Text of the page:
“How much do you want?” literary giant Hugo Latymer bluntly asks actress Carlotta Gray in Noël Coward’s “A Song at Twilight,” which is currently playing at the Shakespeare Theatre of New Jersey in Madison. But this is no simple blackmail.
Carlotta (played by Laila Robins) is a long-ago ex-lover of Hugo (Edmond Genest), and she has shown up, out of the blue, saying she wants to publish his old love letters in her memoirs. After Latymer refuses to grant permission, she pulls out her ammunition: items in her possession that would cause Latymer great embarrassment if they were given to a certain professor who wants to write about them. (I won’t say what they are here in order not to ruin the surprise, but read below, under “Spoiler Alert,” if you want to know more).
Carlotta makes her veiled threat at the end of the first act of this two-act play, and it’s here that the play really gets interesting. The first act is a bit slow-moving, with the crusty Hugo not quite sure what to make of Carlotta’s reappearance of his life, and Carlotta reluctant to put all of her cards on the table. But in the second act, Hugo is forced to come to terms with the reality of his life — not the fiction he has created, in his own memoirs — and the play builds to a memorably emotional finish.
Some of Coward’s plays are much frothier. But in this late-career work — first produced in 1966, with Coward, then 65, playing Hugo — the characters have no time, or patience, for frivolity, even though may be sipping pink champagne in a luxurious Swiss hotel suite. Carlotta — dismissed by Hugo in one of his books as a “mediocre actress” — has, it turns out, complicated motives for what she is doing. And Hugo is a wounded animal trapped in a gilded cage of his own making. Hugo’s wife Hilde (Alison Weller) doesn’t add much to the first act but is vitally important to the second, entering the argument with a wise, humane perspective, and helping to bring about a sort of truce.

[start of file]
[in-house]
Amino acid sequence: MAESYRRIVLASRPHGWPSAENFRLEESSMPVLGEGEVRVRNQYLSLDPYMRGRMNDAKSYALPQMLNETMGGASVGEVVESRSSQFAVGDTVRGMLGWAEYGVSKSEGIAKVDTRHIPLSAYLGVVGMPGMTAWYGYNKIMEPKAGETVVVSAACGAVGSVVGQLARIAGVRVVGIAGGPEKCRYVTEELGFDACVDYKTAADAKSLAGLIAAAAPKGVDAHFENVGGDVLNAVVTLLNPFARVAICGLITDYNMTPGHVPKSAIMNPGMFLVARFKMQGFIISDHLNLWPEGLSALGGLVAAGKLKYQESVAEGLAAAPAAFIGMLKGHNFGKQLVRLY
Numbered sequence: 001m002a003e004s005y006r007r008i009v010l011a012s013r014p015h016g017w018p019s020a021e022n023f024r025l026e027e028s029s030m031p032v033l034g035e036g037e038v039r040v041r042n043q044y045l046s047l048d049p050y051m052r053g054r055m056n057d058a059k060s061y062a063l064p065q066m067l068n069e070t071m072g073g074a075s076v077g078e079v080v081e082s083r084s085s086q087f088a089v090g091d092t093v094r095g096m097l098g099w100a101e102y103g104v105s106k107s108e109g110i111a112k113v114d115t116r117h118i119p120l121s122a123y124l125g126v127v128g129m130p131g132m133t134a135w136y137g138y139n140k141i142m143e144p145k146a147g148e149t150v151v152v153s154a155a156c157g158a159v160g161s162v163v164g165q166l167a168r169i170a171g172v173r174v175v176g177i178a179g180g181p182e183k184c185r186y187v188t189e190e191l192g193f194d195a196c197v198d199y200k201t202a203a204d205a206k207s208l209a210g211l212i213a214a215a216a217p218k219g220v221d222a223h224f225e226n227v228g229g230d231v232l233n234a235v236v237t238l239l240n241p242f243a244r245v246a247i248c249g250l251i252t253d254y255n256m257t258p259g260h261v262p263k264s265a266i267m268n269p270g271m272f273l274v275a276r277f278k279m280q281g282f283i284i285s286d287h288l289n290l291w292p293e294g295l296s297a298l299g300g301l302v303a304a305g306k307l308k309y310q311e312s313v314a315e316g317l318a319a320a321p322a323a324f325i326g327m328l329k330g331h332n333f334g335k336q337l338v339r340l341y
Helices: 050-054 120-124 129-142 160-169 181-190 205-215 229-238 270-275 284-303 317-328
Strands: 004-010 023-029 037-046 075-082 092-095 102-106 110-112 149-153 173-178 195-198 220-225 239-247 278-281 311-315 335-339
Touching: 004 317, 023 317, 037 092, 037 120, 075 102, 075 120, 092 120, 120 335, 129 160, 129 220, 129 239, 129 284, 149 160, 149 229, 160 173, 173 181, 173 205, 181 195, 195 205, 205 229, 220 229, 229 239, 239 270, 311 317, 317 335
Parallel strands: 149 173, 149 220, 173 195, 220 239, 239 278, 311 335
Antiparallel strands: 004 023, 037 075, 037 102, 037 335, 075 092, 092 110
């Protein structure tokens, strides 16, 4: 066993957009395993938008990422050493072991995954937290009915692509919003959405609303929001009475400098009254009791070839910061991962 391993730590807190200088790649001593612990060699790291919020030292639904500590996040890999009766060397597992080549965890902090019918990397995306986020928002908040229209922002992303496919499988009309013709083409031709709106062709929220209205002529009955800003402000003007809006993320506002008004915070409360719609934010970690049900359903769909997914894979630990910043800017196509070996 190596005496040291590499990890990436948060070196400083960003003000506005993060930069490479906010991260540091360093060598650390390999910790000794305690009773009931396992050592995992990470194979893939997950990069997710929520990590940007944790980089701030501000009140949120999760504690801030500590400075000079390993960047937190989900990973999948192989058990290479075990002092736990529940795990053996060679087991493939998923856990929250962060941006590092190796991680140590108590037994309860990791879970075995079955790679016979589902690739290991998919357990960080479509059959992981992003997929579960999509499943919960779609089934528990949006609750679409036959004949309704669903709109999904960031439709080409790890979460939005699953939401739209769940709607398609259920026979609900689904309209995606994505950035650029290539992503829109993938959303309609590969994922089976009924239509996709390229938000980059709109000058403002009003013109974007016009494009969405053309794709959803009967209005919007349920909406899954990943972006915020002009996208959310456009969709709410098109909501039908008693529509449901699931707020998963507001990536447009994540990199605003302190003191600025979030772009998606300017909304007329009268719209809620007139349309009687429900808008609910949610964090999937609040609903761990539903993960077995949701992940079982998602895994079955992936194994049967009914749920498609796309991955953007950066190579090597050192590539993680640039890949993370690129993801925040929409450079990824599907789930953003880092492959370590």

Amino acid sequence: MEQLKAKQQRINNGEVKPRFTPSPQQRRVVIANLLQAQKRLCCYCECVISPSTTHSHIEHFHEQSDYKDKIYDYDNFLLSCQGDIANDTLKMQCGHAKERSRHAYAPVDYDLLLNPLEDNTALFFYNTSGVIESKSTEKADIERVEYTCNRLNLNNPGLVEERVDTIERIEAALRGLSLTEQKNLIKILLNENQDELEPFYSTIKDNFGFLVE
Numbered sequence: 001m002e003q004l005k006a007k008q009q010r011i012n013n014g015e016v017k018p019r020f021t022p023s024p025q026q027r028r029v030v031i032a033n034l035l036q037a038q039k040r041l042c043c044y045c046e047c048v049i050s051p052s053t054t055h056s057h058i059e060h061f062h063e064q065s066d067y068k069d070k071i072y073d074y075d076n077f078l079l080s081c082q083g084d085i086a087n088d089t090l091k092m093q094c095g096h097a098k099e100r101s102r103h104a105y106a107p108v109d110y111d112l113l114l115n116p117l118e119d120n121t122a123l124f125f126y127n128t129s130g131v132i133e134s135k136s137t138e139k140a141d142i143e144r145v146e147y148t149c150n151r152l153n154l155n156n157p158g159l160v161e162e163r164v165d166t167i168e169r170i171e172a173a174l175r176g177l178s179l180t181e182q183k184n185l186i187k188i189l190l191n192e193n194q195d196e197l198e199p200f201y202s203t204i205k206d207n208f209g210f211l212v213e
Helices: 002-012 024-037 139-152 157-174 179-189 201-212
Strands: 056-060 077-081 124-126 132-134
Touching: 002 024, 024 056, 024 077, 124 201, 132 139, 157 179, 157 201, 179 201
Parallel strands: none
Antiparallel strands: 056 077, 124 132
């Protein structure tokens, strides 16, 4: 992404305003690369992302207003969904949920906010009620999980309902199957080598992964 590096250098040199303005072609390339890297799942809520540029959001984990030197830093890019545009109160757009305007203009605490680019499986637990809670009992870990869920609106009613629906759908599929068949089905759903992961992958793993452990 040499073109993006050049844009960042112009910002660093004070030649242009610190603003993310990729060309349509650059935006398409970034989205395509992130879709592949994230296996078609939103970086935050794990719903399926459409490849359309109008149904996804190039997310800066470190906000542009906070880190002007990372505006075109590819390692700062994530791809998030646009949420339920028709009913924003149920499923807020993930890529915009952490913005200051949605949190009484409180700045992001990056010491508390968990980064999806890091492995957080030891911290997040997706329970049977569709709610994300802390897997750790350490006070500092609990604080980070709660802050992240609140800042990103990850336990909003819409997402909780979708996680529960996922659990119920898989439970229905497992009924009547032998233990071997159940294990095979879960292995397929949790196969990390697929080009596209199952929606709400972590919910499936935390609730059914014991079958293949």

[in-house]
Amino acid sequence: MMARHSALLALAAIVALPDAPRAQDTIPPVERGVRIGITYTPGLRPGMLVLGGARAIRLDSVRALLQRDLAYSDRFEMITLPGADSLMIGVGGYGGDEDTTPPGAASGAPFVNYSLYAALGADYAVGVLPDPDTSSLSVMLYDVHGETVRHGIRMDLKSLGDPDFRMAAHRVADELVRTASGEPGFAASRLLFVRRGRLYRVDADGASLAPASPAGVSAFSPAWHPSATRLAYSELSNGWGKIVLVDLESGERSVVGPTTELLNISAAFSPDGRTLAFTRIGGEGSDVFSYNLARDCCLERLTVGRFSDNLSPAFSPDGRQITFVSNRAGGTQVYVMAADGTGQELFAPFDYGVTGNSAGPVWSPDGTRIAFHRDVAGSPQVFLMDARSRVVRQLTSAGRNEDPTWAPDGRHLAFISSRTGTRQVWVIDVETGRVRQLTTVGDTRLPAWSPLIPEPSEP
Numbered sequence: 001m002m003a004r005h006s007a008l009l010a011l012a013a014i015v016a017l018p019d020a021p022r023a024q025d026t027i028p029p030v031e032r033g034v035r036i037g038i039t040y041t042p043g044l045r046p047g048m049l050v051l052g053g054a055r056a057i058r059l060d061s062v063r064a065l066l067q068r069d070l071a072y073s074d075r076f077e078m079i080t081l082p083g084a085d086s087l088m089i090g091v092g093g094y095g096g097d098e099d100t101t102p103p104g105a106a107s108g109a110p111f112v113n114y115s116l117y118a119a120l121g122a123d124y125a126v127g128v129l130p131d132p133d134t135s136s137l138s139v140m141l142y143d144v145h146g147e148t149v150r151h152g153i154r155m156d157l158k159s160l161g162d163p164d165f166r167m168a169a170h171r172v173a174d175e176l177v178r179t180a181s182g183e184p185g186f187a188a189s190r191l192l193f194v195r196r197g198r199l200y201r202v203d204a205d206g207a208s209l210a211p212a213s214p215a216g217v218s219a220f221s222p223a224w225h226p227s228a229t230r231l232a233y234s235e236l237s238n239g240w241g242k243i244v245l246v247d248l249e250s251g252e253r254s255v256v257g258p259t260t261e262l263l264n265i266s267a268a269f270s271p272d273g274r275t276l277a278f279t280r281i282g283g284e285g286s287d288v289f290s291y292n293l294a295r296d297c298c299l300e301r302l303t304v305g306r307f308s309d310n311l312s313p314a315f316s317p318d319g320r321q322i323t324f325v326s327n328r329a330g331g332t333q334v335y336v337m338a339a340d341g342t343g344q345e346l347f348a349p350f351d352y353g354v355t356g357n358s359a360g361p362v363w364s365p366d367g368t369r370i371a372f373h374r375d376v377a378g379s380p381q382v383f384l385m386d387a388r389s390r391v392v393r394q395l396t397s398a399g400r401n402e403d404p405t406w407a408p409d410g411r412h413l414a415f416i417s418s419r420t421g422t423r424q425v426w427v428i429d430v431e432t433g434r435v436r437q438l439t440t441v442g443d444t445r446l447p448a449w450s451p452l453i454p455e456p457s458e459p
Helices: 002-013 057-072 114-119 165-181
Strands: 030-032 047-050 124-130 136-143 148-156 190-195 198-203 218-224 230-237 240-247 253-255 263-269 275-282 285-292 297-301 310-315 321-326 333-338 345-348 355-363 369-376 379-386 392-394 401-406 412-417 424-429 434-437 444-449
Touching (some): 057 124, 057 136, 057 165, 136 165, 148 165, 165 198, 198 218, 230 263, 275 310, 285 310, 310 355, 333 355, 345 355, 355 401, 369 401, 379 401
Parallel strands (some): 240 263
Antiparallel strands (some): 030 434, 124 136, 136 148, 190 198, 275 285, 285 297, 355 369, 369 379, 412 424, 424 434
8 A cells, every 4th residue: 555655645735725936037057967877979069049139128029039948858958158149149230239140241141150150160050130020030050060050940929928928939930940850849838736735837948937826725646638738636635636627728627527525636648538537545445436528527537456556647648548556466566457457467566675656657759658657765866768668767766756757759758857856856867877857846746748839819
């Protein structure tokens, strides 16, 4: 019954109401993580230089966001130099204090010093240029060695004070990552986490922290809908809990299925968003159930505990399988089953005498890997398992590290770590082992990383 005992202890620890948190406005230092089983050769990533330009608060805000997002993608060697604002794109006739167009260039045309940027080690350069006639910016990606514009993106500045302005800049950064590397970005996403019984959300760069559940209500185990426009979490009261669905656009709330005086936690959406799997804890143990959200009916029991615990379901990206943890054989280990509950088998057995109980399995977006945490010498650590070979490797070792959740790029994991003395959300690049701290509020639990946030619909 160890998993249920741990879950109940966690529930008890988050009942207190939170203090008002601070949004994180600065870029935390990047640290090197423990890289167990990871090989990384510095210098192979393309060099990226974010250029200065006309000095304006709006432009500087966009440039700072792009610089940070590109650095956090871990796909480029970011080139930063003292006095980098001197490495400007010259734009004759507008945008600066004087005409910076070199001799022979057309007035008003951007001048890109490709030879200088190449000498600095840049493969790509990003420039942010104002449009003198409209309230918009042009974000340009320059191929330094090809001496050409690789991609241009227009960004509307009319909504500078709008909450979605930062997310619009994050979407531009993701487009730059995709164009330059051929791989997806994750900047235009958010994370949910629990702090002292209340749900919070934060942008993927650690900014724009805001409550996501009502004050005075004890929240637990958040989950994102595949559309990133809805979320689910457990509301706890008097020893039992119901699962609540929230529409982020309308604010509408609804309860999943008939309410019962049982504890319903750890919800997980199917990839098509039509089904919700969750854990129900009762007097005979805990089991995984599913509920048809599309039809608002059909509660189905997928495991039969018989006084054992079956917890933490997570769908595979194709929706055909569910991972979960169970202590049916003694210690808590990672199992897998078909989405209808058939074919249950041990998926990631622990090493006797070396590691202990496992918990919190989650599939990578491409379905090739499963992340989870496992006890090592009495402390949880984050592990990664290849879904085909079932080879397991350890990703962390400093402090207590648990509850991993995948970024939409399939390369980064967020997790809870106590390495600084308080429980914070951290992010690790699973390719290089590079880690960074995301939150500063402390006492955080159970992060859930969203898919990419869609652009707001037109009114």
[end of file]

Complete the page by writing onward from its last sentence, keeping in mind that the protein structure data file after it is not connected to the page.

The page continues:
Paul Mullins, now in his 25th season with the Shakespeare Theatre of New Jersey, directs his old pros — Robins, Genest and Weller all have impressive credits, in New Jersey and beyond — with a sure hand, and set designer Brittany Vasta creates an appropriate atmosphere of tasteful elegance.
Costume designer Nikki Delhomme comes up with the perfect outfit for everyone: A striking yellow dress for Carlotta, who has a flair for the dramatic; an aristocratic smoking jacket for Hugo; and a sensible, plain business suit for Hilde, who functions as Hugo’s business partner and translates his books into German. Ben Houghton rounds out the cast as the suave young tuxedo-clad waiter Felix, who plays the suite’s grand piano when he’s not fetching champagne.
The play runs through May 29; visit shakespearenj.org.
I won’t write about the final scene here, but did want to mention, since it’s one of the most notable things about the play, that Carlotta tells Hugo, at the end of the first act, that she has love letters of his to a man, and believes that that man was the only person Hugo ever loved. If the letters were to go public, Hugo would, in effect, be “outed,” and the accuracy of his memoirs, which address only his affairs with women, would be called into question.
The characters don’t dance around the subject, but discuss it quite bluntly. At one point, Carlotta tells Hugo he’s “as queer as a coot.”
This seems to me a pretty brave thing for a playwright to be doing in the pre-Stonewall ’60s; it didn’t become common for mainstream media to address the subject of outing celebrities until a few decades later. So in this way, perhaps, “A Song at Twilight” was ahead of its time.